2016 provided a phenomenal year for music. Between video albums, surprise album announcements, and last-minute changes, every major publication experienced minor heart attacks trying to tackle the scatterbrain mentality of the music industry. The growing trend in surprise album releases or last minute announcements began in the early part of the decade. Radiohead released their 2013 album with less than two weeks notice. This caused everyone to tilt their heads. However, when mega-popular Beyoncé dropped Beyoncé in 2013 with no warning, it began the evolution of music release execution.
Kanye West is the master at unpredictability so much so that it’s predictable for Yeezy to be unpredictable. However, before West’s erratic behavior became normalized, Yeezus happened. Yeezus dropped during the time of his wife Kim Kardashian’s first pregnancy in anticipation of North West. In interviews, West states that he realized Yeezus is almost the anti-College Dropout. The album traded jazzy smoothness for acidic grind. What is first passed off as a “better-than-thou” is a mash of ego and paranoia over his current status. There is a toil with women, a hatred and love to struggle. He shows the listener his insecurities rather than self obsession. Yeezus’ original release date was May 2013, and it finally arrived late June. Therefore, the intent behind the sudden release was not direct, but West began a continuing issue with messy releases. Delays, fixes, and bumps demonstrated the madness behind the genius.
When Beyoncé dropped, the reaction was stupendous. The attempt to sneak attack an album had been attempted before Beyoncé. It wasn’t that they weren’t successful. It was that, well, they weren’t Beyoncé. When hers hit the airwaves, the caustic vibrations were felt throughout every crevice of the industry. This is not merely because it was a surprise album. Beyoncé was effective because it was damn good on top of shocking every fan and music critic. Her previous album, 2011’s 4, dropped two years earlier. Therefore, fans knew Beyoncé was working on new material, but the lack of marketing ironically worked with her success instead of against. When her new album suddenly appeared on iTunes, the only promotion was an Instagram post. Beyoncé went No. 1 in ninety countries.
J. Cole dropped 2014 Forest Hills Drive with only about a three-weeks notice. He released a video trailer announcing the release of Forest Hills, featuring footage of the album creation. He repeated the approach with a December release date for 4 Your Eyez Only in 2016. J. Cole holds a fixation for true hip-hop and the correct way to represent the genre. He nods to the greats, much like he did on both of these albums, but he also adds a sense of machismo that Forest Hills seemed to early for.
The counter side of his ingenuity and genuineness is that he doesn’t feed into the marketing hype before album releases. It has become a J. Cole trend to quietly announce a few weeks leading up to the drop. Whether or not the lack of bells and whistles comes across as forced realness is for the listener to decide.
U2 began their huge musical project, Songs of Innocence and Songs of Experience, with a surprise album Songs of Innocence. They are one of the biggest bands of all time, sparking a huge career in the 80’s and continuing their relativity into the second decade of the 2000’s. Bono and the band include a liberal rhetoric in their stardom that heavily seeps into their music. It is one reason U2 continues to be relevant. The same equality issues they supported in the beginning of their careers are still issues now.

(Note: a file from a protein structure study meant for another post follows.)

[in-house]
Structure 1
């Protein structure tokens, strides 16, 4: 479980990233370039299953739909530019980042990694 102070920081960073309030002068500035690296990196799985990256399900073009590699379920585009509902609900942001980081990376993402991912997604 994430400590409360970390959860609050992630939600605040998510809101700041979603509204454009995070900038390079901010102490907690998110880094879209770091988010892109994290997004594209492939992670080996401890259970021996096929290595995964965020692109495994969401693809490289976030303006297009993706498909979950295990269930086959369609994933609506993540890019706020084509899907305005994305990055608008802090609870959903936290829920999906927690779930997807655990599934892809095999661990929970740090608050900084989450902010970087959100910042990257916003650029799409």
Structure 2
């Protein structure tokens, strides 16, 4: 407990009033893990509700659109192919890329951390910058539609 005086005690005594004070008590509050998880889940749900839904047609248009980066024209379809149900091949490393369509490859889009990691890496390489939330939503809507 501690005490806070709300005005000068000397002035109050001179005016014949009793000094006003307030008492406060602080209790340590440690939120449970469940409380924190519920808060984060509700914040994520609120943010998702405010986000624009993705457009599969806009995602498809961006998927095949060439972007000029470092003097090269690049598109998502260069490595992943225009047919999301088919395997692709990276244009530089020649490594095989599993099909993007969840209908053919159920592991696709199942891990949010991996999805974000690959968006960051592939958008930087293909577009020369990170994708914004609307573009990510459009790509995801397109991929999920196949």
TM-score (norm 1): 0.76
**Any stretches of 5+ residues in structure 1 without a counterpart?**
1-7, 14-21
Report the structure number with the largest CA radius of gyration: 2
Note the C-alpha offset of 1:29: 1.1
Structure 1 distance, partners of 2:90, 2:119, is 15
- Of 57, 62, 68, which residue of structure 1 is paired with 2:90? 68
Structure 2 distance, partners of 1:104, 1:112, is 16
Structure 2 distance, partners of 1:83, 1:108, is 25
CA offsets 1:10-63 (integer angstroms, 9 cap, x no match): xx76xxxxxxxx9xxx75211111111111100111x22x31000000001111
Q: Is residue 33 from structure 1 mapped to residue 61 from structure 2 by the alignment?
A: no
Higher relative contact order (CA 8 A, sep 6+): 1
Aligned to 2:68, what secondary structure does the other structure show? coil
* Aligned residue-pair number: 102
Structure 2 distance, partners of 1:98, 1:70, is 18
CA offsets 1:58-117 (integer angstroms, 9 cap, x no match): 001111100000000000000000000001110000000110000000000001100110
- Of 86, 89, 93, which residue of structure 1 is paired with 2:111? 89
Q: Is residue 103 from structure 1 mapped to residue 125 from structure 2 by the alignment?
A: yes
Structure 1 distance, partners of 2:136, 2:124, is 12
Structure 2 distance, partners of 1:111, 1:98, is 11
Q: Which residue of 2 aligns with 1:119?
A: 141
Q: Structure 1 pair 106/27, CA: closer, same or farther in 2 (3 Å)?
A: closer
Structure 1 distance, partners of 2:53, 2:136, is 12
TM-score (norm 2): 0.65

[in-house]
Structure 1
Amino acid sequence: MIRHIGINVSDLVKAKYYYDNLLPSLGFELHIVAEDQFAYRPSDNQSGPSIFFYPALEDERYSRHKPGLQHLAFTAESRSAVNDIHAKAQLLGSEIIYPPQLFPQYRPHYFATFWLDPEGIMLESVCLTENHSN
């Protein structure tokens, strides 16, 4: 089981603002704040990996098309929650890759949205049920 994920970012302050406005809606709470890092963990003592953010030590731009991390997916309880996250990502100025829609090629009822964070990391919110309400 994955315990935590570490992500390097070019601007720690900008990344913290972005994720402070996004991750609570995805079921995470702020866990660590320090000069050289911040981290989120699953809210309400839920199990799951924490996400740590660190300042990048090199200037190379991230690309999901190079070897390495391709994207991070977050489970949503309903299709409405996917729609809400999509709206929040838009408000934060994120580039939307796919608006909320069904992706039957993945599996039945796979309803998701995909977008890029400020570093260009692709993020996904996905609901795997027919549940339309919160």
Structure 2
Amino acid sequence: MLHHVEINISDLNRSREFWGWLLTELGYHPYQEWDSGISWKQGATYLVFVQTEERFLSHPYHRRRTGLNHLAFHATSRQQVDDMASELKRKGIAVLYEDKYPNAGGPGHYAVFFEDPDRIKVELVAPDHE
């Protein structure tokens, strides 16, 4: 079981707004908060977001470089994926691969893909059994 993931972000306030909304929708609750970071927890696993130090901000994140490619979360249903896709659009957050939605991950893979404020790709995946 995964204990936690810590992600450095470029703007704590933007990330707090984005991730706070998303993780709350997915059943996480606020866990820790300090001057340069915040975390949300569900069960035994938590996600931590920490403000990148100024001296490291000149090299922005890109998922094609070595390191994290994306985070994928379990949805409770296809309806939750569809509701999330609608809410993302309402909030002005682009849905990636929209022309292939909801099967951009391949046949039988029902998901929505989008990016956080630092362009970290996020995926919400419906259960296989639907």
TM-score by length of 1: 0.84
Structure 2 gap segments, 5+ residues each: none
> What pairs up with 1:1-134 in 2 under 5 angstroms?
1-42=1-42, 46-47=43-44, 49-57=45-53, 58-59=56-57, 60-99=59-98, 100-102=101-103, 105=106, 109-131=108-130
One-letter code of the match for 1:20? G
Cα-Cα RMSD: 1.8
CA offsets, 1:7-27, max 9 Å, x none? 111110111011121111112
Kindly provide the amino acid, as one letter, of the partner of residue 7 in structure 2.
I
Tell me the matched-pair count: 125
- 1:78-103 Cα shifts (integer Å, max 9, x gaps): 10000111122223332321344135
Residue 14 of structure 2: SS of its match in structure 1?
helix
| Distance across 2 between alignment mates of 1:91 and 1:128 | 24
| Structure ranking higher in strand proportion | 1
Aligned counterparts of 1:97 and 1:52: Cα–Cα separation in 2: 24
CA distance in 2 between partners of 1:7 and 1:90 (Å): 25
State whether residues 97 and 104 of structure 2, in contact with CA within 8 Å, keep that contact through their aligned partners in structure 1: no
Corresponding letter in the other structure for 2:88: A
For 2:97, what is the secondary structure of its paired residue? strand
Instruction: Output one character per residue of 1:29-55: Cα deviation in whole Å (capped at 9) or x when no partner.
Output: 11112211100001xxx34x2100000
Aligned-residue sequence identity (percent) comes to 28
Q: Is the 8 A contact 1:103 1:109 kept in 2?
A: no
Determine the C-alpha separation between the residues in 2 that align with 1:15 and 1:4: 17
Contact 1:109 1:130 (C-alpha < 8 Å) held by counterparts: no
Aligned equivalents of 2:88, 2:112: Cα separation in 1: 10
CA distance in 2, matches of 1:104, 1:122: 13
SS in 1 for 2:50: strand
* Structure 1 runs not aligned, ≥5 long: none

Songs of Innocence was a bumpy spot for them, however. It automatically downloaded on peoples’ iPhones in the beginning wave of Apple Music. Yay for free music, but for the many who may not want U2 filling up their storage space, it was a spot of tension. The band is successful enough to gloss over this rough spot, but it unfortunately hindered the album’s success. In Pitchfork‘s review, the reviewer referenced Beyoncé‘s successful surprise release, countering Songs of Innocence‘s vapidity:
Where Beyoncé used her iTunes sneak attack late last year to make a bold pop proclamation of sexuality and feminism, U2 have used an even more audacious release platform to wave their arms and simply say, ‘Hey! Everybody! We’re still here!’ Bono may have self-deprecatingly described Songs of Innocence as ‘the blood, sweat and tears of some Irish guys…in your junk mail,’ but it’s not even that interesting—it’s just a blank message.”
Birdman, Lil Wayne, Cash Money. Similar to hearing Suge Knight’s name, those three names strung together scream some of the testiest hip-hop label controversy in recent years. I think we’ll be waiting on our death beds for Carter V, the long anticipated, long overdue album of Lil Wayne. After accusations that Birdman owes his rappers money, after public attacks from Wayne, Nicki Minaj and Drake kept pretty silent throughout the thick of it. However, then Drake released If You’re Reading This It’s Too Late. It is a mixtape that could’ve just been a hold over until Views from the 6 that dropped in 2016. Yet some of the lyrics make listeners wonder if its his final speech to the Cash Money dilemma. In “No Tellin’,” he raps, “Brand new Beretta, can’t wait to let it go / Walk up in my label like ‘Where the check, though?'”
Therefore, the timing of the mixtape is questionable and could easily point to a focus on closing out his Cash Money contract. Drake again attacks other rappers who spoke poorly on his name (Diddy, Tyga, Lamar), always seeming to get in the last word over a beat and not a tweet. You wonder, though, what Drake’s music would be without the reactive defense mechanism to call out those who’ve wronged him. Either way, it was a solid release. If You’re Reading This It’s Too Late dropped at a time when both new music and a message were needed.